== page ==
The report produced by the Chartered Institute of Personnel and Development has warned that the country faces a ‘slow, painful contraction,’ whilst businesses try to survive in the current economic wasteland.
The CIPD has suggested that the employment position will worsen throughout the remaining part of 2011 and will see little improvement next year. Both the private and public sectors are forecast as being affected, with confidence declining amongst public workers and private firms predicted to tighten their collective belts with little growth anticipated.
One of the CIPD public policy advisor’s, Gerwyn Davies, said that he believes the UK will see a ‘slow, painful contraction in the jobs market’ and pointed to the eurozone as one of the primary reasons for the reticence amongst businesses to recruit. Mr Davies said that some companies were ‘scaling back’ on any planned recruitment drives to see how the British economy recovers from the latest round of assaults.
It wasn’t all bad news, as the recruitment freeze has meant that the vast majority of firms are not considering relocating abroad or outsourcing using foreign workers, keeping the jobs within the UK.
However, overall, Mr Davies said they could foresee no ‘immediate sign’ of the employment market picking up and added that they believed the figures previously forecast by the Office for Budget Responsibility may have to be revised, as the level of redundancies amongst public workers is outpacing predictions.
The Prime Minister said that the eurozone’s continued woes were clearly having a ‘bad effect’ on the UK and hindering the recovery process. However, David Cameron also said that it was important to preserve the austerity measures to demonstrate to the rest of the world that the UK is able to deal with its own debts and deficit.
But a leading charity in the UK claimed that not enough is being done to support the country’s youngsters who are unable to fund work, with those from the most deprived backgrounds being the ones most likely to be left out in the cold.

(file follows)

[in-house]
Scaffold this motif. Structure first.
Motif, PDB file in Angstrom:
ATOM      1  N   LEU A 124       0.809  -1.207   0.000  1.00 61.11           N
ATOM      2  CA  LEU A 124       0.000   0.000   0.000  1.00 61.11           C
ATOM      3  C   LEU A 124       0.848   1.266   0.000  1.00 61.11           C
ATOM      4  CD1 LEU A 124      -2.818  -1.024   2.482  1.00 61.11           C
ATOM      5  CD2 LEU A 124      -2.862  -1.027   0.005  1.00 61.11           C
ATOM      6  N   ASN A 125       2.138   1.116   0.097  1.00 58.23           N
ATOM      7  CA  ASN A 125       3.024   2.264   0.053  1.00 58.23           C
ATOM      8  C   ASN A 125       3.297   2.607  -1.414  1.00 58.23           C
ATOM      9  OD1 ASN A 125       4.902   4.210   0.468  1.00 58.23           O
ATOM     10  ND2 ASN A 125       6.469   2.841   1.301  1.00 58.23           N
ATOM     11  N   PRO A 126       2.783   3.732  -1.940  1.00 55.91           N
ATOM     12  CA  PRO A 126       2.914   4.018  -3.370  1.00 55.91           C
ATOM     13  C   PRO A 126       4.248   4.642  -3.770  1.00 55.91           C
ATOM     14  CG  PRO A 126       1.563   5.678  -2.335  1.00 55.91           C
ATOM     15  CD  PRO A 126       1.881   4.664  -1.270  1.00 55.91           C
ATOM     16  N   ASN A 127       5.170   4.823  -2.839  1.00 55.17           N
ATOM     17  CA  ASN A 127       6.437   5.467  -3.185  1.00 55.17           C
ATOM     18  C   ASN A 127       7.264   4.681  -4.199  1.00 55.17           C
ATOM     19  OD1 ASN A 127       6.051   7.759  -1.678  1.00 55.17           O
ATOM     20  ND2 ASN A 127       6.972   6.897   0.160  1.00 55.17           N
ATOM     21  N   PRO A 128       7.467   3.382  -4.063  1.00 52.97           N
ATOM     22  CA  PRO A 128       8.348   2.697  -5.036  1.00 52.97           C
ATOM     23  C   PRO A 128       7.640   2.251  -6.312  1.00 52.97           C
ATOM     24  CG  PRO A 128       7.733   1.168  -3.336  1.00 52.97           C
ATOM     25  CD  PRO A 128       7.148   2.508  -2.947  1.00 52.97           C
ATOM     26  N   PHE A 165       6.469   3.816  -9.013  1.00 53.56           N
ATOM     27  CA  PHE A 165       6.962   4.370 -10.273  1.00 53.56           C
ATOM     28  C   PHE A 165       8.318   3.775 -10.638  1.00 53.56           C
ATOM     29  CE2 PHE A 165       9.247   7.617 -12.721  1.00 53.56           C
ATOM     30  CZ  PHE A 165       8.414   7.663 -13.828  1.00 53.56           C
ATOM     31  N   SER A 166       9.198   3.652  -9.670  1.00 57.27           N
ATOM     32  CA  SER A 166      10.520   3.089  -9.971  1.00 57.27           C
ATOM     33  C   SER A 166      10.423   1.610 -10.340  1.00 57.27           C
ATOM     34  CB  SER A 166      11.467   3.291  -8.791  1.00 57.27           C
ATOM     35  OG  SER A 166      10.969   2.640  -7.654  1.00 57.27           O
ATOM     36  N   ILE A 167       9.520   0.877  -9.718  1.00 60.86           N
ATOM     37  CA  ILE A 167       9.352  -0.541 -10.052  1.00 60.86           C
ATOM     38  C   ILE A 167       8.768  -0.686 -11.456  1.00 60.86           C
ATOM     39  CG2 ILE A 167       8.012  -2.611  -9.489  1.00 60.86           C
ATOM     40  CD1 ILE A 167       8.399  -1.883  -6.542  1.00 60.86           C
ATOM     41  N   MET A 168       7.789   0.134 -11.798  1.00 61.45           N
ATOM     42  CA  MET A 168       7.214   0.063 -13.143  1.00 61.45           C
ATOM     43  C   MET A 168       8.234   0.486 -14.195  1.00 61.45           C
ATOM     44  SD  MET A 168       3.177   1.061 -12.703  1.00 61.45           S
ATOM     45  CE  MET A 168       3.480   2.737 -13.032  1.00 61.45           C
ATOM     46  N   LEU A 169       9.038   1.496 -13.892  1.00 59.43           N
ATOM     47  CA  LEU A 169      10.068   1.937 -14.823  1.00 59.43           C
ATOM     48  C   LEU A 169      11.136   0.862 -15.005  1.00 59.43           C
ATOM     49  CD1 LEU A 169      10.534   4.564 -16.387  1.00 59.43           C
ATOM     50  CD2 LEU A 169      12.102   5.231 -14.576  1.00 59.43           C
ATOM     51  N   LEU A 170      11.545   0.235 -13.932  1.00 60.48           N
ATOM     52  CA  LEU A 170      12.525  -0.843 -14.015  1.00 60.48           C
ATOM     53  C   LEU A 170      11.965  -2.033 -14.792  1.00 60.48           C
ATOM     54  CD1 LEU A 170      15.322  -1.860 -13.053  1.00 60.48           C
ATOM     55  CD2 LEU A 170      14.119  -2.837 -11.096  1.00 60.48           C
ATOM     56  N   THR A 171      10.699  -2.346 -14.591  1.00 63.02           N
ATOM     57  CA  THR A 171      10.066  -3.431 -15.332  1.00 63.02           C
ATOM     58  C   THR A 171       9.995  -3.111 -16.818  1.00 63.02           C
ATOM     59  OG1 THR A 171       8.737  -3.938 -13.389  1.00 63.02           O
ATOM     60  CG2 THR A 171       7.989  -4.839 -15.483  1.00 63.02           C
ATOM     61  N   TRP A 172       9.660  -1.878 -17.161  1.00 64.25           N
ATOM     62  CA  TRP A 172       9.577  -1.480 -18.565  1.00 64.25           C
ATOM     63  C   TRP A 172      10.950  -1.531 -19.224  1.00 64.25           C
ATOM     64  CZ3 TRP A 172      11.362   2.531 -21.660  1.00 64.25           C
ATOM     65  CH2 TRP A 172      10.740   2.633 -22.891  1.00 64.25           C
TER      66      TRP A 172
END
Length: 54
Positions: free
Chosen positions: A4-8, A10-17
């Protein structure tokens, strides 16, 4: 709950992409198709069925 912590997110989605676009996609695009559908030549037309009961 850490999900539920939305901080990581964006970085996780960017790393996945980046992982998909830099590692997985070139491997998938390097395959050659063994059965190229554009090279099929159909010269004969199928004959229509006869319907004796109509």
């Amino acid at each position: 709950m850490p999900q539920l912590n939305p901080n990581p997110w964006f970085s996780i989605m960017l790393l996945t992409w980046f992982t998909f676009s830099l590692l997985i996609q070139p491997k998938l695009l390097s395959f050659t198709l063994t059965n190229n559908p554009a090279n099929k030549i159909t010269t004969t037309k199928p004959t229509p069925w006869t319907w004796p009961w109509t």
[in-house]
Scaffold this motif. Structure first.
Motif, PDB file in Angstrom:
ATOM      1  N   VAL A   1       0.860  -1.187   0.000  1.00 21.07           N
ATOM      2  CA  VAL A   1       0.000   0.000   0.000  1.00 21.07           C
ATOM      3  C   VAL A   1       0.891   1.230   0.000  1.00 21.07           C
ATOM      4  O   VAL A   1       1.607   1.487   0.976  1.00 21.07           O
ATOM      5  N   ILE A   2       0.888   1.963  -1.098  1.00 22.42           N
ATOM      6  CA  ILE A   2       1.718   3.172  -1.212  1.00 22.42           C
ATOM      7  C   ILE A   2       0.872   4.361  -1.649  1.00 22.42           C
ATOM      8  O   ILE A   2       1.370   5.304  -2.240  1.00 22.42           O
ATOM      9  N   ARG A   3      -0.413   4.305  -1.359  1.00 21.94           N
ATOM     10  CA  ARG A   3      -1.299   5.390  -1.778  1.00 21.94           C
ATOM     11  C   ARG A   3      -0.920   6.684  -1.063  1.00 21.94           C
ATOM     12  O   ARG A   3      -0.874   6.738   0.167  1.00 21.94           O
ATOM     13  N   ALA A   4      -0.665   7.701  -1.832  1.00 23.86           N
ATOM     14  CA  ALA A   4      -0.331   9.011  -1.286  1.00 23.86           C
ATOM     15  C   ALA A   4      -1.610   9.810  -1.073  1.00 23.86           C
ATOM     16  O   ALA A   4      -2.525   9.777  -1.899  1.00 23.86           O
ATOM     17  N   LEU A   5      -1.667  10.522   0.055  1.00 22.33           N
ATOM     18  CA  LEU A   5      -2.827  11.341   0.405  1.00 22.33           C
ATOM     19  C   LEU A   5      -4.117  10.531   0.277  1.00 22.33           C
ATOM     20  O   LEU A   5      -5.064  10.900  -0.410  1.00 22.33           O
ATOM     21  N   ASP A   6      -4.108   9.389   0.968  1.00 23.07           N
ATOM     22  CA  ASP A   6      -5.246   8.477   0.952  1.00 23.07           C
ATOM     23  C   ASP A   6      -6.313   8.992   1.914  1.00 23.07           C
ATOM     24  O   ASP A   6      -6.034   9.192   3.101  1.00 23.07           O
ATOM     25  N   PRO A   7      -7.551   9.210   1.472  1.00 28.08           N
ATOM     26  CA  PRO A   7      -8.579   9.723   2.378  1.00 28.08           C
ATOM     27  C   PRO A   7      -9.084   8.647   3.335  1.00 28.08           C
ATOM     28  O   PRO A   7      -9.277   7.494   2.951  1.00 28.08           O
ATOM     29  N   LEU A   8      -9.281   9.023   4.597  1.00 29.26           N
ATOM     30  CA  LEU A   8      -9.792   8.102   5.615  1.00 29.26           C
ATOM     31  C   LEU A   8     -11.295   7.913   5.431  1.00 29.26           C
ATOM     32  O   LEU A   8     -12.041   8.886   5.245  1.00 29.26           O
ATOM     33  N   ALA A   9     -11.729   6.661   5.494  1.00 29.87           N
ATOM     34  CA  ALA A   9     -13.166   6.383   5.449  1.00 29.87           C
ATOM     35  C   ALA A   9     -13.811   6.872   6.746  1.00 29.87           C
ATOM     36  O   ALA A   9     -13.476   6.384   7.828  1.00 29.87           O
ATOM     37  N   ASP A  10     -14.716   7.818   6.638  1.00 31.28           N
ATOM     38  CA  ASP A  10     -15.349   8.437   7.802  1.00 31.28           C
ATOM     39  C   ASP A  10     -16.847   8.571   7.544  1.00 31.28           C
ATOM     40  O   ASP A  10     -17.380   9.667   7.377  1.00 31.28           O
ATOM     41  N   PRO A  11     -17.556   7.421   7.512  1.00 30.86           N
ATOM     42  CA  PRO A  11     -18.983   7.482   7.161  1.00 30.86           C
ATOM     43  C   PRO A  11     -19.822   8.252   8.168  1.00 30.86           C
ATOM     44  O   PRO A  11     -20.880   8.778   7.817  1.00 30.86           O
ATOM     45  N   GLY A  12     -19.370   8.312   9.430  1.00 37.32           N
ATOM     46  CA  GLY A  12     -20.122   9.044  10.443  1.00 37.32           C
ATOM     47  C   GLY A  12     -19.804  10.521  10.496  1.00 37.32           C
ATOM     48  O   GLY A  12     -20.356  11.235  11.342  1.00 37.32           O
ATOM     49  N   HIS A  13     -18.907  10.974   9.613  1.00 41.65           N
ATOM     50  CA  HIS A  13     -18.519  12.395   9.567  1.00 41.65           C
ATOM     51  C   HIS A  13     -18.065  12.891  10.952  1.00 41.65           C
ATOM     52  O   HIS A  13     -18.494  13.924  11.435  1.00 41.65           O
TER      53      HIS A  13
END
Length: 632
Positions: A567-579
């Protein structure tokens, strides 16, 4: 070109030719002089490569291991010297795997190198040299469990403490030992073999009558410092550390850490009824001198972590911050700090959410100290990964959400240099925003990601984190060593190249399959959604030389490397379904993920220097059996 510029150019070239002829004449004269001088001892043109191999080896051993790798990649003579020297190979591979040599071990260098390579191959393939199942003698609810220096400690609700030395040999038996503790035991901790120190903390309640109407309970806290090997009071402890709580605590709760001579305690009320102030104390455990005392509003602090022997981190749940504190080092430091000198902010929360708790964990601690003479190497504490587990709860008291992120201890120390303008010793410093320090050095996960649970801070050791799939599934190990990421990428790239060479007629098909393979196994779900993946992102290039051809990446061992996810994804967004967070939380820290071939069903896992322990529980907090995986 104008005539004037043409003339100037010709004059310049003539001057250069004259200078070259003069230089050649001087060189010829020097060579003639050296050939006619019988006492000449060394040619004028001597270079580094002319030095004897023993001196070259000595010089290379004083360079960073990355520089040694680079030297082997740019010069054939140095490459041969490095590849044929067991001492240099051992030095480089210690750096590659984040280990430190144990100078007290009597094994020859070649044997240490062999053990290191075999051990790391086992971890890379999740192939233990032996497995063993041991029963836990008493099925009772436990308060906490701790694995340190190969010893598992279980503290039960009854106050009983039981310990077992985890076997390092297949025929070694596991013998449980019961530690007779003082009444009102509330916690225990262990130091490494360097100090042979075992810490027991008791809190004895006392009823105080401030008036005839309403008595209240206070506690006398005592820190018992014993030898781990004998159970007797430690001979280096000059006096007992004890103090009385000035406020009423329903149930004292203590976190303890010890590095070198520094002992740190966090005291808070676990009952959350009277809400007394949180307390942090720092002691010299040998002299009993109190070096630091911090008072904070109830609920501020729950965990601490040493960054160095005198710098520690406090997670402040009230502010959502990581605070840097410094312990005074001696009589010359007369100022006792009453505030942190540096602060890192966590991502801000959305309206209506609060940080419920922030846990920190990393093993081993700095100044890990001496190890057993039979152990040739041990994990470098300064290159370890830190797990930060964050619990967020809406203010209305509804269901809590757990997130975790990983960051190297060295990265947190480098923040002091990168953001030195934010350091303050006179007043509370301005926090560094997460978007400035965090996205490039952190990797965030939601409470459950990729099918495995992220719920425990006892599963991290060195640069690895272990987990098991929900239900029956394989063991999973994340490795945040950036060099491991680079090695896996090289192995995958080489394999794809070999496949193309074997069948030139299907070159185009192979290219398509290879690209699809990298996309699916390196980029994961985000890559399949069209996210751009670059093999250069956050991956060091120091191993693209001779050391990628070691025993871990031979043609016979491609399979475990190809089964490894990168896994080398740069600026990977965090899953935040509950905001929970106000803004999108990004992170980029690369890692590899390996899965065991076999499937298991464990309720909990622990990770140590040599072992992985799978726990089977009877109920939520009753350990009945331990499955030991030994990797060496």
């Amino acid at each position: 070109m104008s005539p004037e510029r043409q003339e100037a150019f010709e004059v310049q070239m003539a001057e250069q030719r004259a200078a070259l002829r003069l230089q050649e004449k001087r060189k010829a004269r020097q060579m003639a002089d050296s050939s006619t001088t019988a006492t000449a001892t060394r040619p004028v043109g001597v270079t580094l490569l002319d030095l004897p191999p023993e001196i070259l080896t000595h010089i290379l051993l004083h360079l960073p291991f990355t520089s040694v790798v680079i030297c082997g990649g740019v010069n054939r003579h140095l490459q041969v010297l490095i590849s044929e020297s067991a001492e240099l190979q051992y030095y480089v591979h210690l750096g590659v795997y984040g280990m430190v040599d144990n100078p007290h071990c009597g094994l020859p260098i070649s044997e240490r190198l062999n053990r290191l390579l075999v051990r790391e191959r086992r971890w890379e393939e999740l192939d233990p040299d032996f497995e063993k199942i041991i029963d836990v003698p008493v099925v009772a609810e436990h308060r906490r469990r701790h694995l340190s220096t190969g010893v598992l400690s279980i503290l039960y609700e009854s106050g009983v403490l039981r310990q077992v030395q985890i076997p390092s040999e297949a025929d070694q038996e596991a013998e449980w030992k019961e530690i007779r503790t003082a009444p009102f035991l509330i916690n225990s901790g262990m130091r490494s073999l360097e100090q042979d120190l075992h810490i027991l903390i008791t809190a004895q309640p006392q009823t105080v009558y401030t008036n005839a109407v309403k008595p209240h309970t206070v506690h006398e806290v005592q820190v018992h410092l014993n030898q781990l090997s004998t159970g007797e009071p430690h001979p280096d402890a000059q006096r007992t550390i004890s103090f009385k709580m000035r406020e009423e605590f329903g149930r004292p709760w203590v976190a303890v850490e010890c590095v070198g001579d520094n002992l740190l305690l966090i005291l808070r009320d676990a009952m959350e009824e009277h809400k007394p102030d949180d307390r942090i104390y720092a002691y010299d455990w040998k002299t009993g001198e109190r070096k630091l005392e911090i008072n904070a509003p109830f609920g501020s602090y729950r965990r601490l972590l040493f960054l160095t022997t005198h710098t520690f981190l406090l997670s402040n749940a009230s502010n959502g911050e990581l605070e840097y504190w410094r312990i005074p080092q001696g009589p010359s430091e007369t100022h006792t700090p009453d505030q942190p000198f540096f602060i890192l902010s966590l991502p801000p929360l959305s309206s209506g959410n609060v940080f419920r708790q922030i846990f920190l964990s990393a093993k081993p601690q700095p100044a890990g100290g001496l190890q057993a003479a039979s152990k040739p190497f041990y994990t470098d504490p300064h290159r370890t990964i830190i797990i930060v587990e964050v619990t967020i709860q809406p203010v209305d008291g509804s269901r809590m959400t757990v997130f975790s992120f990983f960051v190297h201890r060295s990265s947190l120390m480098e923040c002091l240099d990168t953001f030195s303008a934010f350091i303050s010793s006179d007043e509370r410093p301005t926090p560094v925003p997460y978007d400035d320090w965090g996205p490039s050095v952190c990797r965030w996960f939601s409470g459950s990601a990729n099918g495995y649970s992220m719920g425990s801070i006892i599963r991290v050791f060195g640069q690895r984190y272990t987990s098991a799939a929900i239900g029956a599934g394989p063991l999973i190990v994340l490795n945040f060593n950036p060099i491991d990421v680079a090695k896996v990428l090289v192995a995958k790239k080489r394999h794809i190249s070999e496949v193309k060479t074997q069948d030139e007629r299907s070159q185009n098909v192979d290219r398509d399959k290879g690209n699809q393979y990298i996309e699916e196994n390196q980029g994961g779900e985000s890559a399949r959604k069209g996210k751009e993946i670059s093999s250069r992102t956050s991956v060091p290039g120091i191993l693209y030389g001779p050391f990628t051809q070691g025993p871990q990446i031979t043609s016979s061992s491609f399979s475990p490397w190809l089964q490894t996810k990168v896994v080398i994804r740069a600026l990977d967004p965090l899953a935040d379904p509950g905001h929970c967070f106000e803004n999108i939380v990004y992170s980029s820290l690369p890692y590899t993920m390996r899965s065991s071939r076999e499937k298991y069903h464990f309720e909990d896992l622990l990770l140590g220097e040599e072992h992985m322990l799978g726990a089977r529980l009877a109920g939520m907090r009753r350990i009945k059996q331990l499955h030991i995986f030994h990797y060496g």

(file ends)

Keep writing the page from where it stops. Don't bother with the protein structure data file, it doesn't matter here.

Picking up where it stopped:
Barnardo’s has said that the government campaigns to get young people into work only kicks in from the age of 18, leaving those aged 16 or 17 but out of education, with no support to find employment.
The chief executive for the charity, Ann Marie Carrie, described Britain’s ‘uneven playing field’ and said that ‘an entire generation’ of those from the most deprived or disadvantaged backgrounds were rapidly becoming ‘lost in transition.’ Ms Carrie pointed to the increasing rate of joblessness among this age bracket, which has shot up and more than doubled in the last ten years.
The charity said that the government had to ‘tackle the issue from the root’ if there was to be any chance of ‘social mobility’ for those who were the most disadvantaged.
Ms Carrie acknowledged that the government has made some progress with the proposed introduction to increase the age of compulsory education for teenagers. However, Barnardo’s said that for each individual who was unable to secure employment and was not in education, the amount of pressure on the benefit totalled £56,000.
A spokesman for the Department of Education admitted that the number of 16 and 17 year olds not in either employment or work was currently ‘too high,’ but said that there were plans to widen the number of chances available for both vocational work and apprenticeships across the country.